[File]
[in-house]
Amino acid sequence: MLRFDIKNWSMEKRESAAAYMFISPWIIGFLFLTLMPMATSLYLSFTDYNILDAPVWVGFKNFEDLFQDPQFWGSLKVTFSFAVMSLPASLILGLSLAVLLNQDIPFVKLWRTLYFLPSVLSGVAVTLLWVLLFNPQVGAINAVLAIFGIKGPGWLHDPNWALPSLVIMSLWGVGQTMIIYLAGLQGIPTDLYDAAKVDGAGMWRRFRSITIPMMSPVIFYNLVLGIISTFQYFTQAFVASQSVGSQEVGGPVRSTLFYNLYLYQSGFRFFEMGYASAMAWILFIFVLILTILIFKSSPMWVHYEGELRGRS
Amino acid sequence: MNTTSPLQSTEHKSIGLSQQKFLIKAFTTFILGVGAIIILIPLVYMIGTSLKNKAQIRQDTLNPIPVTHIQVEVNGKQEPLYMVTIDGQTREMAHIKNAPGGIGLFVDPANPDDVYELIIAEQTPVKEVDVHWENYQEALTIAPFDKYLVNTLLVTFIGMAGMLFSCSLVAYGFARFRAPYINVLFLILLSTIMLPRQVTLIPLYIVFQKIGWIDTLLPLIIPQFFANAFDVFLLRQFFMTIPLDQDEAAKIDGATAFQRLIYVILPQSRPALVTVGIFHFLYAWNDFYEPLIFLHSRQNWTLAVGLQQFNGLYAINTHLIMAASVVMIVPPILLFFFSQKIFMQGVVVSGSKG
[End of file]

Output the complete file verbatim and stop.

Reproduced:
[in-house]
Amino acid sequence: MLRFDIKNWSMEKRESAAAYMFISPWIIGFLFLTLMPMATSLYLSFTDYNILDAPVWVGFKNFEDLFQDPQFWGSLKVTFSFAVMSLPASLILGLSLAVLLNQDIPFVKLWRTLYFLPSVLSGVAVTLLWVLLFNPQVGAINAVLAIFGIKGPGWLHDPNWALPSLVIMSLWGVGQTMIIYLAGLQGIPTDLYDAAKVDGAGMWRRFRSITIPMMSPVIFYNLVLGIISTFQYFTQAFVASQSVGSQEVGGPVRSTLFYNLYLYQSGFRFFEMGYASAMAWILFIFVLILTILIFKSSPMWVHYEGELRGRS
Amino acid sequence: MNTTSPLQSTEHKSIGLSQQKFLIKAFTTFILGVGAIIILIPLVYMIGTSLKNKAQIRQDTLNPIPVTHIQVEVNGKQEPLYMVTIDGQTREMAHIKNAPGGIGLFVDPANPDDVYELIIAEQTPVKEVDVHWENYQEALTIAPFDKYLVNTLLVTFIGMAGMLFSCSLVAYGFARFRAPYINVLFLILLSTIMLPRQVTLIPLYIVFQKIGWIDTLLPLIIPQFFANAFDVFLLRQFFMTIPLDQDEAAKIDGATAFQRLIYVILPQSRPALVTVGIFHFLYAWNDFYEPLIFLHSRQNWTLAVGLQQFNGLYAINTHLIMAASVVMIVPPILLFFFSQKIFMQGVVVSGSKG